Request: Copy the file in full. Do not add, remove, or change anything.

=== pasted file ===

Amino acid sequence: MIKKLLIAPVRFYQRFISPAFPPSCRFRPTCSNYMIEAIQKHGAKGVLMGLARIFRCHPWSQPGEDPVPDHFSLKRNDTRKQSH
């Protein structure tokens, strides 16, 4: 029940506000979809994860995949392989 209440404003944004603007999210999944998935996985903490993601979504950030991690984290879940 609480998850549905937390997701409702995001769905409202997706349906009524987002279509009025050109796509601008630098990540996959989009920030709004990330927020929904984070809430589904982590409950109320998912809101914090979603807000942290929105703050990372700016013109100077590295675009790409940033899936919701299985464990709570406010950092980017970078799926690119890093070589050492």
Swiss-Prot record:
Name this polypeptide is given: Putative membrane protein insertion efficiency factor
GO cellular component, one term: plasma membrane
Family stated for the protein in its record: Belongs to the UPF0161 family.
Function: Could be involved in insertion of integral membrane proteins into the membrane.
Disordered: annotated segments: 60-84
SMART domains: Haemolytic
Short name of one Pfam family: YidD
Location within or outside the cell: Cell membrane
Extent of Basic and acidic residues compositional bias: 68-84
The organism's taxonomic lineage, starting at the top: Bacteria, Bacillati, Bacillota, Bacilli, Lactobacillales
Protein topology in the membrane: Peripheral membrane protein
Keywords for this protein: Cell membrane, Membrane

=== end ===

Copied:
Amino acid sequence: MIKKLLIAPVRFYQRFISPAFPPSCRFRPTCSNYMIEAIQKHGAKGVLMGLARIFRCHPWSQPGEDPVPDHFSLKRNDTRKQSH
């Protein structure tokens, strides 16, 4: 029940506000979809994860995949392989 209440404003944004603007999210999944998935996985903490993601979504950030991690984290879940 609480998850549905937390997701409702995001769905409202997706349906009524987002279509009025050109796509601008630098990540996959989009920030709004990330927020929904984070809430589904982590409950109320998912809101914090979603807000942290929105703050990372700016013109100077590295675009790409940033899936919701299985464990709570406010950092980017970078799926690119890093070589050492």
Swiss-Prot record:
Name this polypeptide is given: Putative membrane protein insertion efficiency factor
GO cellular component, one term: plasma membrane
Family stated for the protein in its record: Belongs to the UPF0161 family.
Function: Could be involved in insertion of integral membrane proteins into the membrane.
Disordered: annotated segments: 60-84
SMART domains: Haemolytic
Short name of one Pfam family: YidD
Location within or outside the cell: Cell membrane
Extent of Basic and acidic residues compositional bias: 68-84
The organism's taxonomic lineage, starting at the top: Bacteria, Bacillati, Bacillota, Bacilli, Lactobacillales
Protein topology in the membrane: Peripheral membrane protein
Keywords for this protein: Cell membrane, Membrane